Agriculture crops up as meaty subject in Colorado this week

The Colorado Statesman

State and federal officials are busy talking agriculture in Colorado, and this week, the country’s leading ag official led a conference on exports in Denver, and spoke to the importance of Colorado as an agricultural state.

Tom Vilsack, the Secretary of the U.S. Department of Agriculture, spoke at a Monday conference in conjunction with the Export-Import Bank of the United States. The conference focused on improving global exports for small business, including agriculture.

Colorado agricultural exports were up 14 percent last year, Vilsack said, and the USDA is projecting a 21 percent increase in 2011. Colorado is an agricultural state, which he said is not appreciated by people outside of the state.

U.S. Department of Agriculture Secretary Tom Vilsack, center, responds to a journalist’s question. Gov. John Hickenlooper, left, and U.S. Export- Import Bank President Fred Hochberg, right, comprised a three-man panel that addressed the forum.
Photo by John Schoenwalter/The Colorado Statesman

Every billion dollars of trade generates 8,500 jobs, and with Colorado’s $1.65 billion in agricultural trade last year, that’s more than 14,000 jobs, he said. “If we can increase [the number of jobs] by 21 percent, obviously we’re talking about more job opportunities and a better bottom line for farmers and ranchers, one that allows them to stay in business and even expand their business.”

But Colorado lagged the rest of the country in total exports last year, and Vilsack said it was because “people are scared.” They’re concerned about shipping, getting paid and the standards imposed by other countries. The EXIM Bank is working to overcome those barriers, according to President Fred Hochberg, who also attended the conference. Hochberg said that in January, the U.S. exported more goods and services than in any time in history, and Vilsack added that for agriculture, November through January were the three strongest records in history for exports.

One of Colorado’s problems, as identified by Colorado Agriculture Commissioner John Salazar and his predecessor, John Stulp, is the flight from the farm, and the reluctance of young people to get into farming. Vilsack said the USDA has several programs to address that issue, such as a beginning farmer and rancher loan program, which provides help to farmers and ranchers to get them started. The program helps beginners with learning how to put a business plan together and how to access USDA products and programs. The USDA also helps with marketing, linking new fruit and vegetable growers with local farmer’s markets, he said.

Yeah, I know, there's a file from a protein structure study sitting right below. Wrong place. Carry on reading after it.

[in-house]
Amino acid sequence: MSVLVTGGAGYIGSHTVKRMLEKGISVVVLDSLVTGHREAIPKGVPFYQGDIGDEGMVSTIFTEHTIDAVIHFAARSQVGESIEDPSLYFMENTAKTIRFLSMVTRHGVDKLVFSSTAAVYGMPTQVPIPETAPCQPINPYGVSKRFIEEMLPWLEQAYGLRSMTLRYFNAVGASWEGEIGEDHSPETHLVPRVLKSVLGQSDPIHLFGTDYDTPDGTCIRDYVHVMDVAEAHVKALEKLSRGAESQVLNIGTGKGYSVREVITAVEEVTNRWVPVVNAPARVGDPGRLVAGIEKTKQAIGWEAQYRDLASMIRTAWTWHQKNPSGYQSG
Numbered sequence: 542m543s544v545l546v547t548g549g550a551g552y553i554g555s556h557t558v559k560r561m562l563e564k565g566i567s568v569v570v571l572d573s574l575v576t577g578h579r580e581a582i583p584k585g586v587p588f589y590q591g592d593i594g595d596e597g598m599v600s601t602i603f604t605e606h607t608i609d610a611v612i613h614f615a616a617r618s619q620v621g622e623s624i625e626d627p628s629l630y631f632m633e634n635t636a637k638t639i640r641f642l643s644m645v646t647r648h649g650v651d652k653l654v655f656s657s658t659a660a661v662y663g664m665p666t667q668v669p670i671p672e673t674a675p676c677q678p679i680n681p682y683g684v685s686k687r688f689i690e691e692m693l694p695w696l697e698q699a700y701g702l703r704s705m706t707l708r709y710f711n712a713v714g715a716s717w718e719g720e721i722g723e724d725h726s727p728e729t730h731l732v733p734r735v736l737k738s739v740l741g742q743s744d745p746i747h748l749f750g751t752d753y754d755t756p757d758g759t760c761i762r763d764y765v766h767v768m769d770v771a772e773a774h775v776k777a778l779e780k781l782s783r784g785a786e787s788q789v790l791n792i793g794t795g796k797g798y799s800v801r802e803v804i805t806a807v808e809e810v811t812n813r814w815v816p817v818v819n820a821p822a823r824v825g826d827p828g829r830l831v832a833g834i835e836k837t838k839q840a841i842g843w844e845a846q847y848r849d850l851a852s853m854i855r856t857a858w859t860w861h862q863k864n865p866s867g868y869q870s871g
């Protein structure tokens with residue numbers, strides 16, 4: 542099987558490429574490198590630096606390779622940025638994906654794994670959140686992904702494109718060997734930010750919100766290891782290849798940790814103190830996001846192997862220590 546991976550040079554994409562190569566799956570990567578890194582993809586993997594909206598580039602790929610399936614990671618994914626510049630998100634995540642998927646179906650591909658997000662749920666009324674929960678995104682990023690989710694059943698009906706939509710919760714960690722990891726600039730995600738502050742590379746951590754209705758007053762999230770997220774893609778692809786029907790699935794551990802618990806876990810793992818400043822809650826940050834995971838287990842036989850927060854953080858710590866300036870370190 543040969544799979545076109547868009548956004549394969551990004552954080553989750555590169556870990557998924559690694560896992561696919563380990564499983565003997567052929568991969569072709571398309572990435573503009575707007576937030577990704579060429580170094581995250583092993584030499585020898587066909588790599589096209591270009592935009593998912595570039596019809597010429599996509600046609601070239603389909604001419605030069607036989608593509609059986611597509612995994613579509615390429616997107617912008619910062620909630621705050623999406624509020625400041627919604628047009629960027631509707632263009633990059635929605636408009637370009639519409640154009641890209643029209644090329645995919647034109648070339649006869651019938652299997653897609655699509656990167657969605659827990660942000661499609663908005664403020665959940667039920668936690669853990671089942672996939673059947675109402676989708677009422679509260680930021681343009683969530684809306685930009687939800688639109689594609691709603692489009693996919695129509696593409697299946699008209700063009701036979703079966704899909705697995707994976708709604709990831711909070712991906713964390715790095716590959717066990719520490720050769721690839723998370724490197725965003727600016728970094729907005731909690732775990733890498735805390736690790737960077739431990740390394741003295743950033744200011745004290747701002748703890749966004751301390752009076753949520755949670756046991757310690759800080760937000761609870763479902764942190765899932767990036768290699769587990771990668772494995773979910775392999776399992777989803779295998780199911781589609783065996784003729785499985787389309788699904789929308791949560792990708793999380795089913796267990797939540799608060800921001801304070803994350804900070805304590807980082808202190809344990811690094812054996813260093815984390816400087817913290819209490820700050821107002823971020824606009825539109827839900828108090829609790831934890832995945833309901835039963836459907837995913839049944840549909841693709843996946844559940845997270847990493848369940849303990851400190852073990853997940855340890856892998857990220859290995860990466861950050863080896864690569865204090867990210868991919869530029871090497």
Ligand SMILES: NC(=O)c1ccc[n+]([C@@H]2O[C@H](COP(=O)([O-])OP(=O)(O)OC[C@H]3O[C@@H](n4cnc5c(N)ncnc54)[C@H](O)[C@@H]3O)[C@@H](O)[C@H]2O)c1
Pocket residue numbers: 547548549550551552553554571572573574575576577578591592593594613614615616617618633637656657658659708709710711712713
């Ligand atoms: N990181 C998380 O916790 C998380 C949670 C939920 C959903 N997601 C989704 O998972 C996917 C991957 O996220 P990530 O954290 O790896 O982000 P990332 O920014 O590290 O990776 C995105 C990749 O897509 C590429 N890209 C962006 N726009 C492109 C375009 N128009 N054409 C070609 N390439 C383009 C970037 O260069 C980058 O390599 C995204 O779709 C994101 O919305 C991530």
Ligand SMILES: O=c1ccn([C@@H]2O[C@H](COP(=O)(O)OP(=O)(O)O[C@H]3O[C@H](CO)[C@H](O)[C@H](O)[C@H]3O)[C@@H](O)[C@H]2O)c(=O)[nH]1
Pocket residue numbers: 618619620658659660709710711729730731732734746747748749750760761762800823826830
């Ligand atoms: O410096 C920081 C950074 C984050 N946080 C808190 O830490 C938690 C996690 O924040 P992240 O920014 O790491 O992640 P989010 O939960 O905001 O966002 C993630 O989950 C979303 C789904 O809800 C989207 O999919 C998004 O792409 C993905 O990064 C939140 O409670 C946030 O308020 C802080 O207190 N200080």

The USDA also is interested in other aspects of rural development. In addition to agriculture, Vilsack said, “there’s a new framework for the rural economy that includes broadband expansion.” By having access to broadband, small businesses can expand their reach to the global market. The state also has opportunities in renewable energy and tourism, he said.

Vilsack also addressed the 2012 Farm Bill, noting that the process is just getting started. The USDA doesn’t yet have the figures on what will be available for agriculture, but Vilsack said those figures will be coming out in the next few weeks.

“We’re trying to identify the fundamental principles that will drive the Farm Bill discussion,” Vilsack said, which will include how to create an appropriate “safety net” for farmers and ranchers; and how to promote economic opportunities.

The 2012 Farm Bill, and changes to farm subsidies, also was mentioned recently by Sen. Michael Bennet, D-Colo., who spoke to agriculture industry representatives at the Governor’s Forum on Agriculture.

Bennet, a member of the Senate Agriculture, Nutrition and Forestry Committee, laid out a five-point agenda. He said he was working with Vilsack on a new foundation for rural development, based on free markets and new income opportunities, by expanding exports abroad. Bennet said that framework will look at expanding Asian markets for Colorado beef, Mexican markets for Colorado potatoes.

Second, “we must capitalize on the culture of entrepreneurship that already exists in rural Colorado, with improved access to credit and investments in rural broadband” that can lead to opportunities for small business. Third, the country must break its reliance on foreign oil, by investing in clean and renewable energy resources, an area for which Colorado has in abundance. Fourth, “we must do more to conserve and restore our natural resources,” and build upon tourism, hunting, fishing, agritourism and other activities that create jobs. Finally, the nation must invest in research, infrastructure and education, to make sure that rural communities have the resources to prosper.

Bennet brought up the 2012 Farm Bill and subsidies when talking about the need to rein in spending and reduce the federal deficit. Congress intends to hold hearings across the country on what programs and policies are working and where there’s room for improvement. “In a time of unprecedented economic stress, we need to look at the books,” and while agricultural spending at the federal level is less than 1 percent of the total federal budget, “revisiting the Farm Bill will cause us to make sure agriculture policy is as efficient as possible.”

The discussions also will include “how to do more with less, and on whether to continue to provide farmers with a little bit of help every year, or more substantial assistance when it’s needed most.”